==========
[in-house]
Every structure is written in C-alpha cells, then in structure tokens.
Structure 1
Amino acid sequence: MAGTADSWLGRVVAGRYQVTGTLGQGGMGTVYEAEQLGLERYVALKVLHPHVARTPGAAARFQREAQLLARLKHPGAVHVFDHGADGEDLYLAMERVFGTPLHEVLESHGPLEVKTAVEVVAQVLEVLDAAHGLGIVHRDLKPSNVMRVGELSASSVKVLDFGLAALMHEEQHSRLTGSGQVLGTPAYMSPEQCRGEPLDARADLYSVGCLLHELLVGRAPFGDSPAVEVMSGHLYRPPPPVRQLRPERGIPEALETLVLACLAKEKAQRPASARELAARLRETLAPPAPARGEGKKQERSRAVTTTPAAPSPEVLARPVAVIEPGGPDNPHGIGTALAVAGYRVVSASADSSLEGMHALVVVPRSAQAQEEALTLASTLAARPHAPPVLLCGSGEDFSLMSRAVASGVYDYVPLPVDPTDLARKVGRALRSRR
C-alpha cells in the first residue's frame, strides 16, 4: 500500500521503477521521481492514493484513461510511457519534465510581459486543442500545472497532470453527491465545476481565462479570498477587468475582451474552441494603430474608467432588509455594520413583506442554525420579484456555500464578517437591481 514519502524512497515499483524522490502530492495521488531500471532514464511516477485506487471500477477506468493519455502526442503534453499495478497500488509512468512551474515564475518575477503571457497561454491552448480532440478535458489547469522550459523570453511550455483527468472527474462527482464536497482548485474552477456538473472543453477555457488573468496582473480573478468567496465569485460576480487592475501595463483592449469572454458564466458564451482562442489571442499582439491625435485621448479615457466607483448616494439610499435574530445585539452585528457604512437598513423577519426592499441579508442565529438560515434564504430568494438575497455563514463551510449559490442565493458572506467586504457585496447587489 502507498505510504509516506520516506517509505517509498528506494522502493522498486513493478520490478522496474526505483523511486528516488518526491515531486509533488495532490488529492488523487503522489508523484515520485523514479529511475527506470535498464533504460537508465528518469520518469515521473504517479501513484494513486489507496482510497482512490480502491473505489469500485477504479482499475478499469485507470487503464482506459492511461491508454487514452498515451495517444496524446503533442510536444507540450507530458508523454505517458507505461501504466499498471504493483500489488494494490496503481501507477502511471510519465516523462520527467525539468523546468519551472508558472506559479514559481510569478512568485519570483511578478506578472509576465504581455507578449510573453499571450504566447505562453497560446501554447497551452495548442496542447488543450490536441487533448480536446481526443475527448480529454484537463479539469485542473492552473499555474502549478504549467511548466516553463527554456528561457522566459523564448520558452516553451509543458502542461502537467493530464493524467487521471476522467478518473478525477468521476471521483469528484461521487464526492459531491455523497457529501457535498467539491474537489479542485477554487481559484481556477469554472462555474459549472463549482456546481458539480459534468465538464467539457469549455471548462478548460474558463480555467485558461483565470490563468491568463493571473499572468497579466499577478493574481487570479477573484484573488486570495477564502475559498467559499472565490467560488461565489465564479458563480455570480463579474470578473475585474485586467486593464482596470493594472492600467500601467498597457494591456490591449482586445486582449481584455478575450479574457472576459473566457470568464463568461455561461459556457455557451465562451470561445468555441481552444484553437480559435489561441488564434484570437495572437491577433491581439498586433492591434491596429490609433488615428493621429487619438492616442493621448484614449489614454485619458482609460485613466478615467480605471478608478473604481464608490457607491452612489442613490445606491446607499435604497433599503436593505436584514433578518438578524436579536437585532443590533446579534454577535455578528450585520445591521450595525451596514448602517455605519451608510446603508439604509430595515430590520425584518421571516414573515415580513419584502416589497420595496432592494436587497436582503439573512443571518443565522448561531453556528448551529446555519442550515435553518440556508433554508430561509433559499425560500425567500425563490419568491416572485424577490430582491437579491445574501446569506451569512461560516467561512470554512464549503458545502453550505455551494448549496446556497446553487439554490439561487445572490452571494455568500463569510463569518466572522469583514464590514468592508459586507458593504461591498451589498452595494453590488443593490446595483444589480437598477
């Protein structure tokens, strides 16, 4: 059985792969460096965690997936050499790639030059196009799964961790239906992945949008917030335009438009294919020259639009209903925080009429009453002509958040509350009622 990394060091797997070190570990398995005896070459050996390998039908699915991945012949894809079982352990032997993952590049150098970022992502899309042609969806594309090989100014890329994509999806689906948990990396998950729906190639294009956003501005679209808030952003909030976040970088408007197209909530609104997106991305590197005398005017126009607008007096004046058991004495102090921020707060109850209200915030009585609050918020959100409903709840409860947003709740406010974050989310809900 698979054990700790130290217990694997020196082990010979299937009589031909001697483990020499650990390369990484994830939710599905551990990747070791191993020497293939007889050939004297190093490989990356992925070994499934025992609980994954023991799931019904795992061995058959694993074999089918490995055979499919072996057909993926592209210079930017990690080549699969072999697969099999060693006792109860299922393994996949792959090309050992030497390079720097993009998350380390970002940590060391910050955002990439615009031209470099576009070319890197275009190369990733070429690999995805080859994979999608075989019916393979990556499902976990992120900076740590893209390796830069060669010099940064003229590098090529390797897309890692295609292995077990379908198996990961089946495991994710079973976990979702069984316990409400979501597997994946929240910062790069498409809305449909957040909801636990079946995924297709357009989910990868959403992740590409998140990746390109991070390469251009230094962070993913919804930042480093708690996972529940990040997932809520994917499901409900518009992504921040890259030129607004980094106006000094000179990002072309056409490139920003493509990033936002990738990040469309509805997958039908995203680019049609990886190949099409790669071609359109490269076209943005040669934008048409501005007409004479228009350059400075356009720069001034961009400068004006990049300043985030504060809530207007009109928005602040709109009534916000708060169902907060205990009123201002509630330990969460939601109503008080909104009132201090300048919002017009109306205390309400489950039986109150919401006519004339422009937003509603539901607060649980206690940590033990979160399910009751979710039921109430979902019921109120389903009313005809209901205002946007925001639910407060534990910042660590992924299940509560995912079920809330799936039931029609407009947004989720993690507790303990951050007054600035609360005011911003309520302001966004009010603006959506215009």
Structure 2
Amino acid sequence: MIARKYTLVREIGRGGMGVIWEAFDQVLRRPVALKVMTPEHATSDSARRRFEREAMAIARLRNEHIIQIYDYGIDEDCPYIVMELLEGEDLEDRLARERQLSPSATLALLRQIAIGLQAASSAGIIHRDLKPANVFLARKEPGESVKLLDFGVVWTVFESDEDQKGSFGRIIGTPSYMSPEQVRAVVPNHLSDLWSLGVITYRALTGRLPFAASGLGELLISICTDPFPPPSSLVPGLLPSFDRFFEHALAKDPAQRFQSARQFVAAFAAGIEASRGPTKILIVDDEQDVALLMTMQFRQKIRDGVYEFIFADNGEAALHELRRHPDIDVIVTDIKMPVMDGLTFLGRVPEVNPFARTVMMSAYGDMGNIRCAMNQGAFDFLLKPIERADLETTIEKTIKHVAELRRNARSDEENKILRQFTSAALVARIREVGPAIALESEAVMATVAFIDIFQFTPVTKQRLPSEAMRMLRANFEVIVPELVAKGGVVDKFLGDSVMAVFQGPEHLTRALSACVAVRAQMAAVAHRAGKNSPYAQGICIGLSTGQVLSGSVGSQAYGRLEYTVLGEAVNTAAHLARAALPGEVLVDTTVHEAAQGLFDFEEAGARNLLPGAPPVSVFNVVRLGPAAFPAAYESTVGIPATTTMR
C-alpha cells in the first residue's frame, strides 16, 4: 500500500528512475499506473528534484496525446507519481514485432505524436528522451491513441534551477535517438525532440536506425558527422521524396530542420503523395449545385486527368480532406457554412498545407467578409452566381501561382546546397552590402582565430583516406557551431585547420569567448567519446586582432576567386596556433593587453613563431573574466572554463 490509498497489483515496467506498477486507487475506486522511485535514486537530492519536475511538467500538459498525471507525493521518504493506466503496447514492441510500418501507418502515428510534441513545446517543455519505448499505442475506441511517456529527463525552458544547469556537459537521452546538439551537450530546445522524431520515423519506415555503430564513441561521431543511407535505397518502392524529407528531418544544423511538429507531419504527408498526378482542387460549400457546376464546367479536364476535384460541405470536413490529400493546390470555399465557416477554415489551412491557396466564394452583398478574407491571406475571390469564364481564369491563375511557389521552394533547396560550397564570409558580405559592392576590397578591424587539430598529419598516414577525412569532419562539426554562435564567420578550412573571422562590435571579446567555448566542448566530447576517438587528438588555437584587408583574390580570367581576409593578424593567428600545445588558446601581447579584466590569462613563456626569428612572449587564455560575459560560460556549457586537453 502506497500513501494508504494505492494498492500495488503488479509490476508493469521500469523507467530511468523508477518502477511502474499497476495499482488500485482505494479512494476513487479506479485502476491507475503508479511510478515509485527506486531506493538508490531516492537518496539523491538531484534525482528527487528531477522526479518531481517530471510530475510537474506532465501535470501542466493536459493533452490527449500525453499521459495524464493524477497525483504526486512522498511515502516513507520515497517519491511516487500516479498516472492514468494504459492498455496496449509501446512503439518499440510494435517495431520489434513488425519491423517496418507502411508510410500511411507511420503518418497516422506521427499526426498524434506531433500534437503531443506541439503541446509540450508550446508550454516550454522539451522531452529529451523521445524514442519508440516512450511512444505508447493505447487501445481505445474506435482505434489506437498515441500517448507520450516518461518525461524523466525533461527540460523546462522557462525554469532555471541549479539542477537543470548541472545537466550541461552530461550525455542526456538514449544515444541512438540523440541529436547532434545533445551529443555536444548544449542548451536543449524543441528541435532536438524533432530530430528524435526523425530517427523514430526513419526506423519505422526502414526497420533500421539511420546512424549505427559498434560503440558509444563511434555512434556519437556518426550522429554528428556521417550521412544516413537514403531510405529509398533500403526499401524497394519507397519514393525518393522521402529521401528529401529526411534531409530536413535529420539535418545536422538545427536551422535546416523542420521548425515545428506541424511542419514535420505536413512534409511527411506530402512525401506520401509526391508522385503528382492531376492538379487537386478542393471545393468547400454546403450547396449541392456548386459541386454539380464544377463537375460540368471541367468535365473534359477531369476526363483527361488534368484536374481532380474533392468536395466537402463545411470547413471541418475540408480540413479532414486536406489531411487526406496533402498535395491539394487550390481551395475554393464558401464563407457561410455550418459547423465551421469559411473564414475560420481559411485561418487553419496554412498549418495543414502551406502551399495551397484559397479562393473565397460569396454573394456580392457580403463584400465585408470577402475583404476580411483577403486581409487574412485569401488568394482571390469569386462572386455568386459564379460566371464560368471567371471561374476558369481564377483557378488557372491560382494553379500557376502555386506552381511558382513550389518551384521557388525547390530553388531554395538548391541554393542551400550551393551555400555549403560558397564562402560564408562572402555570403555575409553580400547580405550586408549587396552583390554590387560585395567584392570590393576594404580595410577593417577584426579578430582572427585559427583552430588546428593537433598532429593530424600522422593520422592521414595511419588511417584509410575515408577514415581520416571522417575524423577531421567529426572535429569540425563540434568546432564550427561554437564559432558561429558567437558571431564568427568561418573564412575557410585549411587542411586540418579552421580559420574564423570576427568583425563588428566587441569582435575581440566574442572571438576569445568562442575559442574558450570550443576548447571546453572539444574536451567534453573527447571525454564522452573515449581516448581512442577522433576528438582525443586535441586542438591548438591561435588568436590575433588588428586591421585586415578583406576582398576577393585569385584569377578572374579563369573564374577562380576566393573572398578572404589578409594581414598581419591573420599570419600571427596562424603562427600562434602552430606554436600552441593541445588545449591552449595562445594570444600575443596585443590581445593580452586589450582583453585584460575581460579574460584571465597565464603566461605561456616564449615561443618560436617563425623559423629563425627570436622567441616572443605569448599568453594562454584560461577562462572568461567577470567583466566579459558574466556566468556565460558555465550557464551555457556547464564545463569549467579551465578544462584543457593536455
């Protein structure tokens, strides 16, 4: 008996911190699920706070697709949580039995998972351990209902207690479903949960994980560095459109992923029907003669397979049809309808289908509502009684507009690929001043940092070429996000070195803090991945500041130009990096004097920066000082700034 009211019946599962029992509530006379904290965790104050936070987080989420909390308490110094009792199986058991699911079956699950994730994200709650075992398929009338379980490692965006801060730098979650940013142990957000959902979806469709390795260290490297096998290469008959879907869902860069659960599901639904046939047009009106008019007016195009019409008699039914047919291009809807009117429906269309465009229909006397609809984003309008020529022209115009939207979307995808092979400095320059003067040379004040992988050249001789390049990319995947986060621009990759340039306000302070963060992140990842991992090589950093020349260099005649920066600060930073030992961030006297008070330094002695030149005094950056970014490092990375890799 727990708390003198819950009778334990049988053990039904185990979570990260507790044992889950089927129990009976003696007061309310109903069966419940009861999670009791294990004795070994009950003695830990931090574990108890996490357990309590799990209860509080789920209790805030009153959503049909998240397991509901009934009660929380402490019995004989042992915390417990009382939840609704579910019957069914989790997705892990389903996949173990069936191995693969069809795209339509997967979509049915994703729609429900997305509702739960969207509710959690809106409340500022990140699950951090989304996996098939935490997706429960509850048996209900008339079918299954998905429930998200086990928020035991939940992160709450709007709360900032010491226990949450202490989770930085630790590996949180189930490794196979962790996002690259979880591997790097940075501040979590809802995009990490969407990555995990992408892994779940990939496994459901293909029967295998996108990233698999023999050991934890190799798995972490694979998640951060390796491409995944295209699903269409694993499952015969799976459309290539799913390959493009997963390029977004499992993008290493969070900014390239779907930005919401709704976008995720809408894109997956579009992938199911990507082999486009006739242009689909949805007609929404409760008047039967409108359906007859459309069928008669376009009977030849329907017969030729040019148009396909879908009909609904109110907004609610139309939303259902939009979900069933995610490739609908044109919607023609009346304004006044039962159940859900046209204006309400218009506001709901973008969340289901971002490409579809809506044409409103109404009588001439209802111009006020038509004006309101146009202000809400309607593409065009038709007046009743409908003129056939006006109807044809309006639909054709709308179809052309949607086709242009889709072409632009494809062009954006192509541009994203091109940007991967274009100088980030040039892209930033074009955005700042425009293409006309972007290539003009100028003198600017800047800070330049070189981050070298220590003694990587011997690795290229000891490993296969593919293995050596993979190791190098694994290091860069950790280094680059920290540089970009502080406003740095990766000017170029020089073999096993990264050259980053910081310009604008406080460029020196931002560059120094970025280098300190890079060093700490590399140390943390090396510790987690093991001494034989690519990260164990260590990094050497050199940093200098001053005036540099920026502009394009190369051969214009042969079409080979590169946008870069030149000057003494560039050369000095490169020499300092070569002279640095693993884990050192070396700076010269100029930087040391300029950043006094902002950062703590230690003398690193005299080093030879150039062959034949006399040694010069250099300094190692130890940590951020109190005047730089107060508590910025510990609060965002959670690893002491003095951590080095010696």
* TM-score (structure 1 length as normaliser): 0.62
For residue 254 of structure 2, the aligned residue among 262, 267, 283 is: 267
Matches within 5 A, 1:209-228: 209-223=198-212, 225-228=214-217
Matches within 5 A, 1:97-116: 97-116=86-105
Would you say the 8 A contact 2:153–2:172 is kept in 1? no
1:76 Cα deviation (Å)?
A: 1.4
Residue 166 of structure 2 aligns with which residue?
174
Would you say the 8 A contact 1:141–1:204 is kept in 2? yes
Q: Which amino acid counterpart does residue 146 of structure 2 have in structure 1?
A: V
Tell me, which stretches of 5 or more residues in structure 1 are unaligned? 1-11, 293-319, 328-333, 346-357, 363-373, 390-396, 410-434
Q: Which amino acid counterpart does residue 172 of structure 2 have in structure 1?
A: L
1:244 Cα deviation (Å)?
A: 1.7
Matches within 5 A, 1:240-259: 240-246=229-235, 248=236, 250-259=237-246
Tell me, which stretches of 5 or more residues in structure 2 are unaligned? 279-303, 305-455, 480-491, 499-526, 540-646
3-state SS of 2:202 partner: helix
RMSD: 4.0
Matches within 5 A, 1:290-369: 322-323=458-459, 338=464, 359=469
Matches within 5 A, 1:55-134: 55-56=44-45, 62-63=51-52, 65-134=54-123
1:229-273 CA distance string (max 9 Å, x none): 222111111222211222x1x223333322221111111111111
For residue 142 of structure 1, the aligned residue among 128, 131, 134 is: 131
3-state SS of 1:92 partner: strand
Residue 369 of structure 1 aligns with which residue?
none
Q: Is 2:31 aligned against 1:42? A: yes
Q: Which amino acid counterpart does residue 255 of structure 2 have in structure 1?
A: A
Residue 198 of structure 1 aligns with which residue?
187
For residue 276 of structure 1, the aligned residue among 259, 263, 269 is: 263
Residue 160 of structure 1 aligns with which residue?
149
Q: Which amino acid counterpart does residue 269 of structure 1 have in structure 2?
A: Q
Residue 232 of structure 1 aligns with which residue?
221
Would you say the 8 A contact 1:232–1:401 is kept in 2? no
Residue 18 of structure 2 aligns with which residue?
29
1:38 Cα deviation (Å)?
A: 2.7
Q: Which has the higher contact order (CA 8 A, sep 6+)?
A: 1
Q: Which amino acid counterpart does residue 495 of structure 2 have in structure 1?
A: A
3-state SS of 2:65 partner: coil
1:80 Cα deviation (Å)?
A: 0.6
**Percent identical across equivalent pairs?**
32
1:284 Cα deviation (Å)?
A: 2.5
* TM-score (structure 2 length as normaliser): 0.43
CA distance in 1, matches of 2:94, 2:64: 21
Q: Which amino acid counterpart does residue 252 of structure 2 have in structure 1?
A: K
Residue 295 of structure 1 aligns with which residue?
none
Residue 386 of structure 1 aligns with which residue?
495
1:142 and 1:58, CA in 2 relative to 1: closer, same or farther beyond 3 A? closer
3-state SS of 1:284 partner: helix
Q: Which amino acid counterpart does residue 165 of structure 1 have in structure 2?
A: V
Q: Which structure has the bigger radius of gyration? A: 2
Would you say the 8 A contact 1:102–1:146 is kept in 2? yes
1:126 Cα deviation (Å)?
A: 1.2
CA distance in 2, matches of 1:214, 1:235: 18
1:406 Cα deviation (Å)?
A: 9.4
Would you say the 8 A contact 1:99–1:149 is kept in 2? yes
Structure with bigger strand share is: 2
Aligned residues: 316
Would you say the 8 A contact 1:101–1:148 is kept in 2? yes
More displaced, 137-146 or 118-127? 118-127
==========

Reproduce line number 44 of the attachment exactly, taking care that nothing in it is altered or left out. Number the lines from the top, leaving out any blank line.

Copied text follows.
For residue 276 of structure 1, the aligned residue among 259, 263, 269 is: 263